- Columbus never visited what is now the United States. All 4 of his voyages were confined to what is now known as the Caribbean Islands and Central America.
- Columbus was arrested after his 3rd voyage for “tyranny and brutality” and was sent back to Spain in irons to serve his sentence. In 2006, a 48-page report was discovered of his crimes of brutality against Indigenous Peoples and other colonists. Following one slaughter of an Indigenous community, he paraded their dismembered bodies throughout the city streets. Columbus was much more than a “flawed human being,” as was suggested by Governor Cuomo, but rather a mass-murderer—one not even tolerated by the standards of his time. Remember, the Spanish Crown was responsible for the bloody Spanish Inquisition!
- In 1934, the Columbus statue was gifted to the Italian community by Italian fascist dictator Benito Mussolini. He not only created the Fascist Movement, but also supported Adolph Hitler’s quickly rising Nazi party. Mussolini paid for shipping the statue, had the body enlarged and requested that the inscription “Columbo Cristobal Discoverer of America” be prominently displayed.
- Columbus was sailing under the auspices of what is now known as the Doctrines of Christian Discovery (DoCD), which was an extension of the 12th century Christian Crusades. In a series of 15th century Papal declarations, Christian explorers were mandated to seize and enslave non-Christians, take their lands and property for the express purpose of expanding the Christian Empire (Christendom). Portuguese and Spanish sailors set out to invade West Africa and the Americas, looking for gold, slaves and colonial outposts. These trips funded the Church’s exploits in their quest for world domination. The DoCD persists today as a fundamental aspect of law that continues to oppress Indigenous Peoples throughout the world.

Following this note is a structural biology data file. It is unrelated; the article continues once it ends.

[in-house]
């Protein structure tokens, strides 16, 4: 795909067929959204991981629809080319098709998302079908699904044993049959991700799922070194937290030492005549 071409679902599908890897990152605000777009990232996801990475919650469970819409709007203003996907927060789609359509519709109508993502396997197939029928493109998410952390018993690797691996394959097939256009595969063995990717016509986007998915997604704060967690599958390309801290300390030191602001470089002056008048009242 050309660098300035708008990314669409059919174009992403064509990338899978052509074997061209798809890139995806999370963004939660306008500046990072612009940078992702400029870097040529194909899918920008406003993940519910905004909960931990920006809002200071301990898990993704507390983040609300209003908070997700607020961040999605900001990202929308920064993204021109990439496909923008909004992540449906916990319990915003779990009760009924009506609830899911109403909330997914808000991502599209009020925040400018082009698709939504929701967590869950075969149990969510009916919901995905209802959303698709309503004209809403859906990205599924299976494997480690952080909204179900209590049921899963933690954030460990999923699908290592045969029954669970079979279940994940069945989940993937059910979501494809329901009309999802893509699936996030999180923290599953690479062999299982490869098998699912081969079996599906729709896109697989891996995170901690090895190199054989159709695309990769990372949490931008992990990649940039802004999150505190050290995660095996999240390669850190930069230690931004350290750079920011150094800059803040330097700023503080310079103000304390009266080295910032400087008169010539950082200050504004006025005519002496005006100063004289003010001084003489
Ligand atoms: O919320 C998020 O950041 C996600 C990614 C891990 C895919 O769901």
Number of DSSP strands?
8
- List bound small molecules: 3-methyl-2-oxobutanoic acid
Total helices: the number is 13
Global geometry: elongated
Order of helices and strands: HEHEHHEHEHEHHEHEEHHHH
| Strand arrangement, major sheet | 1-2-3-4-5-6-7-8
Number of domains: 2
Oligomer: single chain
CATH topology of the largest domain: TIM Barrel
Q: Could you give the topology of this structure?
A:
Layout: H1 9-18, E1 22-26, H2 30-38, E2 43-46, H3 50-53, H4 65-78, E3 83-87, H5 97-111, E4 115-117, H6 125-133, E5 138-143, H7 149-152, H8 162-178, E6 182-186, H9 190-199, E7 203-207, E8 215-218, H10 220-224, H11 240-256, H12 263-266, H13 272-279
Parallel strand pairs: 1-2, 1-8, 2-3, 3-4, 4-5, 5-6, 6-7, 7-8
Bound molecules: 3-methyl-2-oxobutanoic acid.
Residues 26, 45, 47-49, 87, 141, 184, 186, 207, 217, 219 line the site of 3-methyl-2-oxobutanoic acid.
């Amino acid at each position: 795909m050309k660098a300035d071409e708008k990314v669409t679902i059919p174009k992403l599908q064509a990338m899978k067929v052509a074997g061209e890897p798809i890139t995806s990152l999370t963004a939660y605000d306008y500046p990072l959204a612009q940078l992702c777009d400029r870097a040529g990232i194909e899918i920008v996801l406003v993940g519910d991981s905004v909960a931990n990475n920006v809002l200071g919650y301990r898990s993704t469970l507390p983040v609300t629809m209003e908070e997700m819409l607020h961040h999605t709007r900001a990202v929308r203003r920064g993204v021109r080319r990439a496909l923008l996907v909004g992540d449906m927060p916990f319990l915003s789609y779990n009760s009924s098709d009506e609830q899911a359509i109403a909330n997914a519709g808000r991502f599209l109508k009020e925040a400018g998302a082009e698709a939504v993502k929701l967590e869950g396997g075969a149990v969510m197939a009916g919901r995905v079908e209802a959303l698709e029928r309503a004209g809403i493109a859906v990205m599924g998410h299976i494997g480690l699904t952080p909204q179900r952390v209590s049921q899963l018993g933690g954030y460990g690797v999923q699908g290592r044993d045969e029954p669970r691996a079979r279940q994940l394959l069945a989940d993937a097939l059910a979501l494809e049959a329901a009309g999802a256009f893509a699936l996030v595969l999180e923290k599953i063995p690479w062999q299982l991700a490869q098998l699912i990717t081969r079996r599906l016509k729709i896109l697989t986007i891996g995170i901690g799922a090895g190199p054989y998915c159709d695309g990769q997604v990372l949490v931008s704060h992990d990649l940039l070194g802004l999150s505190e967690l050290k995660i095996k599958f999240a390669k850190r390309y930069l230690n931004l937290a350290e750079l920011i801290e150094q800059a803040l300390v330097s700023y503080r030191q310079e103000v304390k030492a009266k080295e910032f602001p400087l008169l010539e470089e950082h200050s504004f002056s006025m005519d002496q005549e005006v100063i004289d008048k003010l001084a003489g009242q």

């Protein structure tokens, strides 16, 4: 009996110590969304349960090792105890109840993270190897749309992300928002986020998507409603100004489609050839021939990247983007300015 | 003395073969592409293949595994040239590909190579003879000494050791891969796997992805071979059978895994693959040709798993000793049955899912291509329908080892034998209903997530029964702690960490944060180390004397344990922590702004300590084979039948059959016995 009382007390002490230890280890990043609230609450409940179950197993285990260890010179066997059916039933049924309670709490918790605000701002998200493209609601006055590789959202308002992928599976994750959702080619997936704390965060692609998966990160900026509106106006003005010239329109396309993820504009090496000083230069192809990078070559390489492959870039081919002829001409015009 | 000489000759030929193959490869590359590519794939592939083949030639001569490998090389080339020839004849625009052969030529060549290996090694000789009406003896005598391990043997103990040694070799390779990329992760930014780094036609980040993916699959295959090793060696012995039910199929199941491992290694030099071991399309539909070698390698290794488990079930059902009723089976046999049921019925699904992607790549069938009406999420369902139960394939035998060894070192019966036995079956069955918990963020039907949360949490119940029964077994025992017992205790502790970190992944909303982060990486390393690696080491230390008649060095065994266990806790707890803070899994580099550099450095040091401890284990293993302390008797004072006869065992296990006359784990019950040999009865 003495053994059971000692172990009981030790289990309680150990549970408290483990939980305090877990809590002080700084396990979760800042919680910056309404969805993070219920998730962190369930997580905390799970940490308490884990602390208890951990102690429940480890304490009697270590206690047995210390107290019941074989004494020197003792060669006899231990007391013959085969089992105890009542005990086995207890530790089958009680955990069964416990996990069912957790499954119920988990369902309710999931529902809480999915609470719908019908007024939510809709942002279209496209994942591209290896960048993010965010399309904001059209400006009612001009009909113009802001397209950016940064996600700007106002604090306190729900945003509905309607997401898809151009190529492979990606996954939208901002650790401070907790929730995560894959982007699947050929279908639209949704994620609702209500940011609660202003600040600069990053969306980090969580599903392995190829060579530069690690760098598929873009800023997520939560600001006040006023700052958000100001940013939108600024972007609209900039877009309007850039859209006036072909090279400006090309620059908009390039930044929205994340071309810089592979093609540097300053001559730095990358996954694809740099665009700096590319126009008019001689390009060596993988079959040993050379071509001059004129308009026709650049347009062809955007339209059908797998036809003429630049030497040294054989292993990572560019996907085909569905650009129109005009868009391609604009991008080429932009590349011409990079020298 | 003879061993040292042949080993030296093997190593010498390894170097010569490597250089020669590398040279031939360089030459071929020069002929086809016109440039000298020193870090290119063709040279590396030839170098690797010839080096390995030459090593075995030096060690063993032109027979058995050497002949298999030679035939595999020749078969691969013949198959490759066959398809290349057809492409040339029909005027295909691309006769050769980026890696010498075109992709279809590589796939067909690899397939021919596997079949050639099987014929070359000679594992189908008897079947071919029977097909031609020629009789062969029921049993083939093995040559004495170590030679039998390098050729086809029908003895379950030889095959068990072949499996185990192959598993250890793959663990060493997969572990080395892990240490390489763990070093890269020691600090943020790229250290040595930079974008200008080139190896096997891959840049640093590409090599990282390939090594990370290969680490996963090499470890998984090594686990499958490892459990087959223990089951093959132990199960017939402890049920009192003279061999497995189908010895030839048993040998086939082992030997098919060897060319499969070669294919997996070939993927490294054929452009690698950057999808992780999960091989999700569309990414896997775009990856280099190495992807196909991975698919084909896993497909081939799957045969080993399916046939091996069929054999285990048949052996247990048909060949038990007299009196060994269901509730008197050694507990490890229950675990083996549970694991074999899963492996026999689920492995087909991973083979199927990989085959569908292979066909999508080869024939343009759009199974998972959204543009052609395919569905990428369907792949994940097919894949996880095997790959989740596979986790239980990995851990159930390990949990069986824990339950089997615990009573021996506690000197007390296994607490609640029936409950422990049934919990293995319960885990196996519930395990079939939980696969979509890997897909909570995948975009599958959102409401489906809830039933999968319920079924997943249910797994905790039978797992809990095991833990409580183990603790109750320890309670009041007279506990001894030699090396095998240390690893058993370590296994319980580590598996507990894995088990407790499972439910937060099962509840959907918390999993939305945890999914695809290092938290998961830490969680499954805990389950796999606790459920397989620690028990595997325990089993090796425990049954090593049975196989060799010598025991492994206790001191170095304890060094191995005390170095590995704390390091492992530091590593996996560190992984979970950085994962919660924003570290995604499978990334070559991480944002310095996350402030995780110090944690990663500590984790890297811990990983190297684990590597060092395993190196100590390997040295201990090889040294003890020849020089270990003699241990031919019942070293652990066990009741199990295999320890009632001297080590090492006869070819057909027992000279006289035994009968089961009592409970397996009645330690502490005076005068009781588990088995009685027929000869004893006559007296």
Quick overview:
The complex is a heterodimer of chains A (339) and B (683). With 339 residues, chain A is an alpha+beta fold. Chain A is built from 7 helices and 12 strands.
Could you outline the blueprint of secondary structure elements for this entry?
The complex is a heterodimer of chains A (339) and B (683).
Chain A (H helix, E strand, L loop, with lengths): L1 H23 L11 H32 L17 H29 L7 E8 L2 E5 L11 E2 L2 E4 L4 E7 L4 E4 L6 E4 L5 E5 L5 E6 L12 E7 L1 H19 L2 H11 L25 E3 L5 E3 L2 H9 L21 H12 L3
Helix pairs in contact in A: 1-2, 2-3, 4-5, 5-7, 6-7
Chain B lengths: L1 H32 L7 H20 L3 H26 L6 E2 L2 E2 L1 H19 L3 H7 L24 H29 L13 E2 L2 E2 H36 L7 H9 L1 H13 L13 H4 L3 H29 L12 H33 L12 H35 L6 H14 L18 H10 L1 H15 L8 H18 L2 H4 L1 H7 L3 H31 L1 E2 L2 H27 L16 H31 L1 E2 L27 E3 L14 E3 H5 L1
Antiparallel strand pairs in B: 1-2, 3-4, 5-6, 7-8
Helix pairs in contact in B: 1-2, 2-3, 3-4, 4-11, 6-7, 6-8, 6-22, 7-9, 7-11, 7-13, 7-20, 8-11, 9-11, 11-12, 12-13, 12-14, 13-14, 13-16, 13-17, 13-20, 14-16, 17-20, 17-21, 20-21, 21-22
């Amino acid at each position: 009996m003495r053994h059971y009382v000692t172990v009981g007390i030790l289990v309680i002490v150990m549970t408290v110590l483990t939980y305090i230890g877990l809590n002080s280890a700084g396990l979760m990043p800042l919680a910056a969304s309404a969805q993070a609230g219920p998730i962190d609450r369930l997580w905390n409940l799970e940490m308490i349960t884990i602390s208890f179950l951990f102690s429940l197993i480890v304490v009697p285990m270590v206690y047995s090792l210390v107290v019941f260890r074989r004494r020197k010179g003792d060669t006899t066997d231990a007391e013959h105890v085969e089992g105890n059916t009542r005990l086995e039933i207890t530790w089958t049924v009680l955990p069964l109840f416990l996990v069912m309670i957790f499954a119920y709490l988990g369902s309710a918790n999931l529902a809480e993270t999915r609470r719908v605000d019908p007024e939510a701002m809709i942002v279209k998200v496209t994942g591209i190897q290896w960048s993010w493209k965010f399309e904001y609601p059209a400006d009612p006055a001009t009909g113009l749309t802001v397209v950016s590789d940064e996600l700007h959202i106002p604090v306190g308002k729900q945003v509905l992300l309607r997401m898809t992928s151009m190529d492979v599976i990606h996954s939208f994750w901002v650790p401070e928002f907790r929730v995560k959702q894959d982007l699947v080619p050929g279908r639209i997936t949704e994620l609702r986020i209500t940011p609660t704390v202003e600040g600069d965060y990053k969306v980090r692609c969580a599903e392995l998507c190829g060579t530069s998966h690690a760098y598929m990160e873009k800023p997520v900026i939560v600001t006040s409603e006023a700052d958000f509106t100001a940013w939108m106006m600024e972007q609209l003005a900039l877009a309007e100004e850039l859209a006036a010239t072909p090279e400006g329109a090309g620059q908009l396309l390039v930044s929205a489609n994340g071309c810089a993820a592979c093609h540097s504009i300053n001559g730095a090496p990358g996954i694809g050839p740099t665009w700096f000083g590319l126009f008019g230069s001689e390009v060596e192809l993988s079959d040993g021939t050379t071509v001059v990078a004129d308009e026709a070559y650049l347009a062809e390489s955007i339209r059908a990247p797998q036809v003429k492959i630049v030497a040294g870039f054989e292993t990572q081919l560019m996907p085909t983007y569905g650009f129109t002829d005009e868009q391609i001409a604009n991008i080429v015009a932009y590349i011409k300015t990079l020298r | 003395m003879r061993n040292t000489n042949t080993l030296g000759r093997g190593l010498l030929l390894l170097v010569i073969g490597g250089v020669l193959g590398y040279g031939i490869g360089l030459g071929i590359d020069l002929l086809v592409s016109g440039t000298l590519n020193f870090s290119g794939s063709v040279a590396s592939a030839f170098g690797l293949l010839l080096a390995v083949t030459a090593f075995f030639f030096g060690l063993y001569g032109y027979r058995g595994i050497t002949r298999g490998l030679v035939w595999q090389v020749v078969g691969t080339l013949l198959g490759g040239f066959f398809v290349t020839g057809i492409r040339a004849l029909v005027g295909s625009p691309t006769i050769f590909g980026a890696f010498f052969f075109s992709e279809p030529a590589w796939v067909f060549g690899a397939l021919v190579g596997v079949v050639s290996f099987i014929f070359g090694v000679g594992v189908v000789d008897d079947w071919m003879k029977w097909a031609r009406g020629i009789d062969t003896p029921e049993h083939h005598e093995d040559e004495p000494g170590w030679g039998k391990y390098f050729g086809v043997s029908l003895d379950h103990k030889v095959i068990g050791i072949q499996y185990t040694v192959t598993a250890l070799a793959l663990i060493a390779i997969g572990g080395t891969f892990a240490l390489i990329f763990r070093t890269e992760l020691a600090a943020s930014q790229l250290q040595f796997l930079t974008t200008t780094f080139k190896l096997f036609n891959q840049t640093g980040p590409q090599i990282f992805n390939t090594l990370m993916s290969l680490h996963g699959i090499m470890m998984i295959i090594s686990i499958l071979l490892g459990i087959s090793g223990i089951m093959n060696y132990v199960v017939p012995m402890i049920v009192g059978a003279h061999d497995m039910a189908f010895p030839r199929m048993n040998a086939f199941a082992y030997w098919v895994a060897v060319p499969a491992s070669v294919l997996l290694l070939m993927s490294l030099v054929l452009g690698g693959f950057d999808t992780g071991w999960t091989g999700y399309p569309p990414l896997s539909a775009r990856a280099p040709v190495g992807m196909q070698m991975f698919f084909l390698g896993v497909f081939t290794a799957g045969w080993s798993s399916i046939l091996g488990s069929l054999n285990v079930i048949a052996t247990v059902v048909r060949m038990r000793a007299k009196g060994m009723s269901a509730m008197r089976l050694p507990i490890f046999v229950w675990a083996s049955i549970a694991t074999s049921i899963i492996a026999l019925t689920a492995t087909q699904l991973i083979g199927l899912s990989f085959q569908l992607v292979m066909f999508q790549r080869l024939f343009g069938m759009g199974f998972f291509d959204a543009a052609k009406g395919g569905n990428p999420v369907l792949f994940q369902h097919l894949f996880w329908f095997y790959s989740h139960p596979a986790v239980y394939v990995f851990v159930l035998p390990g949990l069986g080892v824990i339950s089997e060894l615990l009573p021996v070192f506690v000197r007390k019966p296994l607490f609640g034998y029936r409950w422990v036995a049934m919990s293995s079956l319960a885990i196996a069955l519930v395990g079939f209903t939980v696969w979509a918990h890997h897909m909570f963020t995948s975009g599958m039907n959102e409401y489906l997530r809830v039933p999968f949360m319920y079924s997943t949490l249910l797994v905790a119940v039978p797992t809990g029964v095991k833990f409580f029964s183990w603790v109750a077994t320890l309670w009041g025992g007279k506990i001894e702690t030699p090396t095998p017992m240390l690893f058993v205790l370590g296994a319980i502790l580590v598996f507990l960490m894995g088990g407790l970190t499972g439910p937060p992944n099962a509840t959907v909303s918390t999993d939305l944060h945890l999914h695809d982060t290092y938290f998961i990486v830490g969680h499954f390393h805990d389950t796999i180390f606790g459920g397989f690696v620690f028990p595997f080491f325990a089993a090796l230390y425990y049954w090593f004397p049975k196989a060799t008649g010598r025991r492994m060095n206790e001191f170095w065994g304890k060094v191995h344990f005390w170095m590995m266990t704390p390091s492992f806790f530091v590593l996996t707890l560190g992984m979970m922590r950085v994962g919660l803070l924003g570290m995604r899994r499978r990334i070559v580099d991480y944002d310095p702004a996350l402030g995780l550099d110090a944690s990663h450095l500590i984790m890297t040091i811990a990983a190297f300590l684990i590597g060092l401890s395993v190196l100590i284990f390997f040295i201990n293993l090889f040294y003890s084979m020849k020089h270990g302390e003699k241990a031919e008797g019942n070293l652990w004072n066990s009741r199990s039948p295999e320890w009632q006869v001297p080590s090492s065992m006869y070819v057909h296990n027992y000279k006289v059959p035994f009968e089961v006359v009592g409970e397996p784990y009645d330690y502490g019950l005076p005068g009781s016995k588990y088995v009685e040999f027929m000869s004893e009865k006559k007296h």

For some, Columbus might stand as a symbol of Italian-American liberation, but for others he stands as the bearer of Christian domination, loss of cultural identity, destruction and commodification of the land, and representative of brutal fascism, white supremacy and tyranny. He has no connection to the American Democratic ideals that are now under threat. In opposition to Claudia Tenney’s comments, this is precisely WHY Columbus needs to come down. His life, legacy and what he represents, inhibits our ability to function as an inclusive democratic society. The fact that Columbus is coming down all over the United States is a message of hope for all those whose lives were lost so others could live their American dream.
The opinions of Betty Lyons and Milton Norman Franson suggest a more inclusive vision that returns to those Indigenous roots to American Democracy which would make us unique in the world, and stand as a monument to the Great Peacemaker in our city center. When we built the Skä·noñh—Great Law of Peace Center it was to finally celebrate the Haudenosaunee and the contributions they have made. Our cherished form of participatory Democracy, is the message that was delivered at the shore of Onondaga Lake over 1,000 years ago by the Peacemaker. We need to return to the Indigenous Values that inspired American Democracy, the early Suffragists, new sustainable ways of agriculture, lacrosse, & the values needed to truly know peace. Which legacy do you wish to leave your children?
Philip P. Arnold | Associate Professor and Chair, Department of Religion, Syracuse University
Skä·noñh—Great Law of Peace Center | Founding Director
Sandy Bigtree | Mohawk Nation of Akwesasne
Skä·noñh—Great Law of Peace Center | Collaborative